Two-Period Firm's Problem

Setup: Inputs

To make the firm's problem intertemporal, we let capital persist across time. The firm starts period one with an endowment of \(K\) units of capital. This is determined exogenously.

The firm can choose how much capital they want to have in the second period, but they have to plan ahead and buy it in the first period. In addition, some portion of their capital today can be held onto and reused tomorrow. This is represented by the following constraint: \[K'\leq (1-\delta)K + I\] where I is the amount of investment, and \(\delta\) is the portion of capital which depreciates. If I is negative, then they sell off some of their capital.

At the end of the second period, the firm will sell off all their leftover capital, \((1-\delta)K\). The firm only exists for two periods, so they are going to liquidate their assets at the end of that time.

Labor hiring decisions are the same as in the one period setup. The firm hires \(N\) units of labor at wage \(w\) in the first period, and (\N'\) units at wage \(w'\) in the second period. The firm can freely choose \(N\) and \(N'\).

Setup: Outputs and Profit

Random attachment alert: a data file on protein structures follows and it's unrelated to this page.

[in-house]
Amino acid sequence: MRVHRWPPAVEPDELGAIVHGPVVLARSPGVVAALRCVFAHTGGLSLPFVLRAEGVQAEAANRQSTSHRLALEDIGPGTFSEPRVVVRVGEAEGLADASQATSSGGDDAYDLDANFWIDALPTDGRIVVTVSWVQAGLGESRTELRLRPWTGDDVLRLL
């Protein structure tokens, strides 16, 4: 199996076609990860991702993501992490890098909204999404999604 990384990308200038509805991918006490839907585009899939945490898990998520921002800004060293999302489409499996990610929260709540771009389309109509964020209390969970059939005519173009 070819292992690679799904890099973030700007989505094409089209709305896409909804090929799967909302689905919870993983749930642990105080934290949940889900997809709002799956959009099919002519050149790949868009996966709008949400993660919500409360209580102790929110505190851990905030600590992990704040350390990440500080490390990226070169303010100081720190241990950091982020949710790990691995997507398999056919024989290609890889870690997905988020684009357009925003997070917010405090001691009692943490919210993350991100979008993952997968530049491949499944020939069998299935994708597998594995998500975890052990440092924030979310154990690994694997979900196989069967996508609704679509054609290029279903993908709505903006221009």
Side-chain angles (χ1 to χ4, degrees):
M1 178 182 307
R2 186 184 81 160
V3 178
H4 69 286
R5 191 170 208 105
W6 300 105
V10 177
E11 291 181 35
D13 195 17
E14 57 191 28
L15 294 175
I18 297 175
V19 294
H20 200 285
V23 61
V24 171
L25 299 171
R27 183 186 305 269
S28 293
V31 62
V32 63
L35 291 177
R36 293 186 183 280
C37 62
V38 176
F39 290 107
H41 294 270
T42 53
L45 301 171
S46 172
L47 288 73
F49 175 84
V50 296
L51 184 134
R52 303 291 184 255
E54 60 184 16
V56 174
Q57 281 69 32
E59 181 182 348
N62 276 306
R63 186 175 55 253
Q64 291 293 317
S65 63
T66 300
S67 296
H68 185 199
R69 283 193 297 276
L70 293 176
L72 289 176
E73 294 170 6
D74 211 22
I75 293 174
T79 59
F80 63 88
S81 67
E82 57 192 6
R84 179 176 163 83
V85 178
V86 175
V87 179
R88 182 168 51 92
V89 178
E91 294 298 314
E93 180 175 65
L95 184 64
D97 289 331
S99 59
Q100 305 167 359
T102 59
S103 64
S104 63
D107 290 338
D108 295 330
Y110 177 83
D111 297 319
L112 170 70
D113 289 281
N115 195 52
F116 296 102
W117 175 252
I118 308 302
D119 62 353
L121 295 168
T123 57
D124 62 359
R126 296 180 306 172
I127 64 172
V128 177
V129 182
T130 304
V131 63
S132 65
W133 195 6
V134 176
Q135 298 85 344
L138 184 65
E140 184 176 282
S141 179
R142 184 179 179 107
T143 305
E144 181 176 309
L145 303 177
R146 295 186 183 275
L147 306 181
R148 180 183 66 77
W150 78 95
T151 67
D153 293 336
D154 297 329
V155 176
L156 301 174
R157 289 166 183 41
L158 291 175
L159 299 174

The firms output for period one is \(Y=zF(K,N)\), and for period two is \(Y'=z'F(K',N')\). Notice that F is the same, but the technology multiplier might change over time. For the rest of this example, we will have \(F\) be a "Cobb-Douglass Production Function", which is a special case of CES production: \[F(K,L)=K^\alpha N^{1-\alpha}\] This production function has several convinient properties. Namely, it is strictly increasing, concave, and the partial derivatives are infinite at zero.

It also exhibits constant returns to scale. This is not necessarily realistic, but it makes the math easier to set up in the Competitive Equilibirum later on. Otherwise, this kind of production function is a decent approximation of real-world industry.

For simplicity, all prices are expressed in terms of units of consumption. In the first period, the firm earns \(Y\) units of revenue, and pays costs \(wN+I\). In the second, they earn \(Y'+(1-\delta)K'\) and pay cost \(w'N'\). So \[\pi=Y-wN-I\] \[\pi'=Y-w'N'+(1-\delta)K'\] The firm wants to maximize the present value of their profits, expressed as \(V\equiv\pi+{\pi'\over 1+r}\)

The optimization problem

Putting this all together, the firm takes exogenous parameters \((K,z,z',\alpha)\) for granted. The prices \((w,w',r)\) will be endogenous when we set up the competitive equilibrium, but the firm will treat them as given. The firm is a price taker, in other words.

Given the above, the firm chooses \((N,N',K',I)\) to solve \[\max_{N,N',K',I} zK^\alpha N^{1-\alpha} - wN - I + {1 \over 1+r} \left[ z'{K'}^{\alpha}{N'}^{1-\alpha} \right]\] \[s.t. K' \leq (1-\delta)K + I\] \[K',N,N'\geq 0\]

Solving

Because of the properties of our production function, we know that the cooefficients for the non-negativity constraints will be 0; the constraints will be non-binding. The lagrangian is then: \[ℒ = zK^\alpha N^{1-\alpha} - wN - I + {1 \over 1+r} \left[ z'{K'}^{\alpha}{N'}^{1-\alpha} \right] - \lambda(K'-(1-\delta)K-I)\]